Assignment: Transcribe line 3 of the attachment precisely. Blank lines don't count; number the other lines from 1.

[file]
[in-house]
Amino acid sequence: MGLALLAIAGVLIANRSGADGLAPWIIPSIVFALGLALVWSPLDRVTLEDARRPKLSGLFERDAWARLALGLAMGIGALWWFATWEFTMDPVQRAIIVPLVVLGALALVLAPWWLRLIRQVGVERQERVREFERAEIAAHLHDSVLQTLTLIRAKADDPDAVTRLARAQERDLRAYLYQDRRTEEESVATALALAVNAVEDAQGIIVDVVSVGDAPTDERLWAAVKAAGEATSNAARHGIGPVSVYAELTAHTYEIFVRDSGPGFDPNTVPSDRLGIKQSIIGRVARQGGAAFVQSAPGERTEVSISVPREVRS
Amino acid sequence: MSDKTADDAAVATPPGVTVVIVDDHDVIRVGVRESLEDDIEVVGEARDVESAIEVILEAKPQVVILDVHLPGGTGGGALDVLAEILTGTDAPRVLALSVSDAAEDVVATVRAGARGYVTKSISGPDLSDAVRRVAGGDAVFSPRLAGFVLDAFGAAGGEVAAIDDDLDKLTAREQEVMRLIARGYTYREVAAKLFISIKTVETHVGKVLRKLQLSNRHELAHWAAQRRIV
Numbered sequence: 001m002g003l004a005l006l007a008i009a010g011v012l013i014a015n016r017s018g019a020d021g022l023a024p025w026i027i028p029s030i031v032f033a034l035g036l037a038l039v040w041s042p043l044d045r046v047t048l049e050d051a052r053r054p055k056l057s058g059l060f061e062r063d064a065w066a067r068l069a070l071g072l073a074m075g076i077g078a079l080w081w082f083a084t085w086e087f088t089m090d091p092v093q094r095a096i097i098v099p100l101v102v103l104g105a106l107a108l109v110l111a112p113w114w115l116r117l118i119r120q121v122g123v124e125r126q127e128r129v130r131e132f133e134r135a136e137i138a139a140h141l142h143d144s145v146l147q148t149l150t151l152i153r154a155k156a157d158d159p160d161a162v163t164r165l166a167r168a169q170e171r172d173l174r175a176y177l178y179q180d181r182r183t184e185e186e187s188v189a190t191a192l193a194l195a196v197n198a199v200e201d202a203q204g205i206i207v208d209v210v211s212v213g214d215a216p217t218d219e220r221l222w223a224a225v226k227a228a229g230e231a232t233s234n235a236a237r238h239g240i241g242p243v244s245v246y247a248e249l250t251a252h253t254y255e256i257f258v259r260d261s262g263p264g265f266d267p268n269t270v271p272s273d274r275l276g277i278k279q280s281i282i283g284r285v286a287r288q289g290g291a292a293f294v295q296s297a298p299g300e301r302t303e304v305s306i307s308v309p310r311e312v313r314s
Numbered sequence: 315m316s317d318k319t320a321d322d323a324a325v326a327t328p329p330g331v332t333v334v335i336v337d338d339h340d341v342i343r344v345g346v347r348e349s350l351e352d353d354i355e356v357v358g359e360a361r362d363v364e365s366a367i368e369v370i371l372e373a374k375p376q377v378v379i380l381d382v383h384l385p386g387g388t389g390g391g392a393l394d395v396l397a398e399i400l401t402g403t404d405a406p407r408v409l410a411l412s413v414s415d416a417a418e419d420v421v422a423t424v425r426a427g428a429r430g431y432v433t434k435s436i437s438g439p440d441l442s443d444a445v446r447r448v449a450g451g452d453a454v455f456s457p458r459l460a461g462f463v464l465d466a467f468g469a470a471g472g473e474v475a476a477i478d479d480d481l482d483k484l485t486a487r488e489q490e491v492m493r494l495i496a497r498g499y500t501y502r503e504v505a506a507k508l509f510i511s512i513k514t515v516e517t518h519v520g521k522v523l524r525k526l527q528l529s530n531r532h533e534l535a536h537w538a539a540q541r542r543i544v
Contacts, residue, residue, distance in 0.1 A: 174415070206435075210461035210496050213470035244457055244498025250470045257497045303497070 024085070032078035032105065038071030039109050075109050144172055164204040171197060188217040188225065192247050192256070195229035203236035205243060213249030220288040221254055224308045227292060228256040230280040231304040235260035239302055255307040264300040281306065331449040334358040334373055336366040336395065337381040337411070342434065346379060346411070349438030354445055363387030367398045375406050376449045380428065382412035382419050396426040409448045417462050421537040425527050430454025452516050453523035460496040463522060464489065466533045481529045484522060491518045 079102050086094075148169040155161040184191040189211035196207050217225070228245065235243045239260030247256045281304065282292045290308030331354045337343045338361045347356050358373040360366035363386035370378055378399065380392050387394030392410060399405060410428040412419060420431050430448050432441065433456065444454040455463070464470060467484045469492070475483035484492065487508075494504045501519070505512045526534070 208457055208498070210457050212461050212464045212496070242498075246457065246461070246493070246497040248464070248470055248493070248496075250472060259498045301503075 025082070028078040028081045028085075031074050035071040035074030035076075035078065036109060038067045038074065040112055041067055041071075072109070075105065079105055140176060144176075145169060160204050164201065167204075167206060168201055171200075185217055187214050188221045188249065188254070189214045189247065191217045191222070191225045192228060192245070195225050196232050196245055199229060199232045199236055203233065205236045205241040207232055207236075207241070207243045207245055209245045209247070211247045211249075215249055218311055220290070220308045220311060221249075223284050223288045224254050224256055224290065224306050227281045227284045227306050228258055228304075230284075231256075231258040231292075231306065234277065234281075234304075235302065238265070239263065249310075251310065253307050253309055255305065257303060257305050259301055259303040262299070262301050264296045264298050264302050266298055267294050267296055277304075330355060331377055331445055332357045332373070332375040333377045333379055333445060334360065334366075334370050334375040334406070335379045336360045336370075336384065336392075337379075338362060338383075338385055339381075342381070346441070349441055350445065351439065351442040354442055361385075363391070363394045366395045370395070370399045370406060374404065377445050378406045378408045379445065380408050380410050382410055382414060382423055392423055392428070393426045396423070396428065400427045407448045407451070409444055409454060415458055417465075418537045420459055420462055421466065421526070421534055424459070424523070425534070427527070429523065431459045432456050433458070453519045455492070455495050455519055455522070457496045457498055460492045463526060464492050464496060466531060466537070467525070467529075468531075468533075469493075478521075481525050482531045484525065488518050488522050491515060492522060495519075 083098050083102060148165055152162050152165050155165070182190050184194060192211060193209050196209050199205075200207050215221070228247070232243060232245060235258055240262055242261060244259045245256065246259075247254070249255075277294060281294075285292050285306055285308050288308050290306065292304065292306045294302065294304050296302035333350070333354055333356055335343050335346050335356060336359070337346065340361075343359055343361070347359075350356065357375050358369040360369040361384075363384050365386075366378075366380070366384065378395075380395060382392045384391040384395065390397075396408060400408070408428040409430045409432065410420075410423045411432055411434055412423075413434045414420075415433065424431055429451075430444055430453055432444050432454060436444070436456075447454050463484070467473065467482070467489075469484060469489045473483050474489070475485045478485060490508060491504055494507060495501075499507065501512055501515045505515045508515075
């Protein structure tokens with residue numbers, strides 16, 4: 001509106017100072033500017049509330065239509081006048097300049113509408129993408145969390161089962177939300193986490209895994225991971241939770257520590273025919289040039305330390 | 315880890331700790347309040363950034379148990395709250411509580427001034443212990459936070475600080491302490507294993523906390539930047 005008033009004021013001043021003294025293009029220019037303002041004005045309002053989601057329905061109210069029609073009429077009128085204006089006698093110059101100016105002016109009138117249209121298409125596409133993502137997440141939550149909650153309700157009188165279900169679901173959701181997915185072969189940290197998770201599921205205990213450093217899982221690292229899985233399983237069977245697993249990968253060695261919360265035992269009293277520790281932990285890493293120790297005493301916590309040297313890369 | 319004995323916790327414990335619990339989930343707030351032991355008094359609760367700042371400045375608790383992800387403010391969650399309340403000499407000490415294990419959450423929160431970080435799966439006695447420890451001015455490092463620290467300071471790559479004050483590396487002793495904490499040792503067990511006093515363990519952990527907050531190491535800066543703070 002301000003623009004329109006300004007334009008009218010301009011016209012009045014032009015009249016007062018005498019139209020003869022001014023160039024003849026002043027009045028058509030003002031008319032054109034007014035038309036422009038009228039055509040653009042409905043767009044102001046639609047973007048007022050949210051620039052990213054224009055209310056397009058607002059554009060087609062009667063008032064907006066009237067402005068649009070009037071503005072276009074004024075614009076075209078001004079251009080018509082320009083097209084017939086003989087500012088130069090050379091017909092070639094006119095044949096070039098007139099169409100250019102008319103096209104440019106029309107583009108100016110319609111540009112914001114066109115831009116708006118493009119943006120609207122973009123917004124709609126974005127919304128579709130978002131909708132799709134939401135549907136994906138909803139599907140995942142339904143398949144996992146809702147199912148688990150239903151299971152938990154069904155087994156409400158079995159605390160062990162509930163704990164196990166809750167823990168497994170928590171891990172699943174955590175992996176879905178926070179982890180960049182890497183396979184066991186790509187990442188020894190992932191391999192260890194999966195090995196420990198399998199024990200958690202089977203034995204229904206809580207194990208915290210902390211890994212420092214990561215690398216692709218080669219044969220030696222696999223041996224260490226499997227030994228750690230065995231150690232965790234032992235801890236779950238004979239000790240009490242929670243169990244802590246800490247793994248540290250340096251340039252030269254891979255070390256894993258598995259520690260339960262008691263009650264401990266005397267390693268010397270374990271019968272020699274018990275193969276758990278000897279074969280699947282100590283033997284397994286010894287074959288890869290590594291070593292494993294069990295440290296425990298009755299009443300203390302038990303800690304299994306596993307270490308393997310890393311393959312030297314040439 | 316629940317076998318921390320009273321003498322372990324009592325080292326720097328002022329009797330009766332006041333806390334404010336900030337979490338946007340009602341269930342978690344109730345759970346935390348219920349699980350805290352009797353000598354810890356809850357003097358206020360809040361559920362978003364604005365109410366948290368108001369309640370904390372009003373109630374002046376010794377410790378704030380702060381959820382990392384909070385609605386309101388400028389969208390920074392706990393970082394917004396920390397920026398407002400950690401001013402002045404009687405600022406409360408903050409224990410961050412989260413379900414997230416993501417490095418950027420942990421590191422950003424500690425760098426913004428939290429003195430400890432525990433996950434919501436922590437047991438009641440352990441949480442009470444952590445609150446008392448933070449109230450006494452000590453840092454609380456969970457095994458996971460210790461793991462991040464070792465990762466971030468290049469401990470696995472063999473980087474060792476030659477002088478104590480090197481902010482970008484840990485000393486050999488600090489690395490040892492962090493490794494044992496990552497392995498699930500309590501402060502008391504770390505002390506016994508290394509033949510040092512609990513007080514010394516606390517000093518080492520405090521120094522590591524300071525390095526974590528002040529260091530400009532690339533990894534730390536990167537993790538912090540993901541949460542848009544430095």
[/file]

Amino acid sequence: MSDKTADDAAVATPPGVTVVIVDDHDVIRVGVRESLEDDIEVVGEARDVESAIEVILEAKPQVVILDVHLPGGTGGGALDVLAEILTGTDAPRVLALSVSDAAEDVVATVRAGARGYVTKSISGPDLSDAVRRVAGGDAVFSPRLAGFVLDAFGAAGGEVAAIDDDLDKLTAREQEVMRLIARGYTYREVAAKLFISIKTVETHVGKVLRKLQLSNRHELAHWAAQRRIV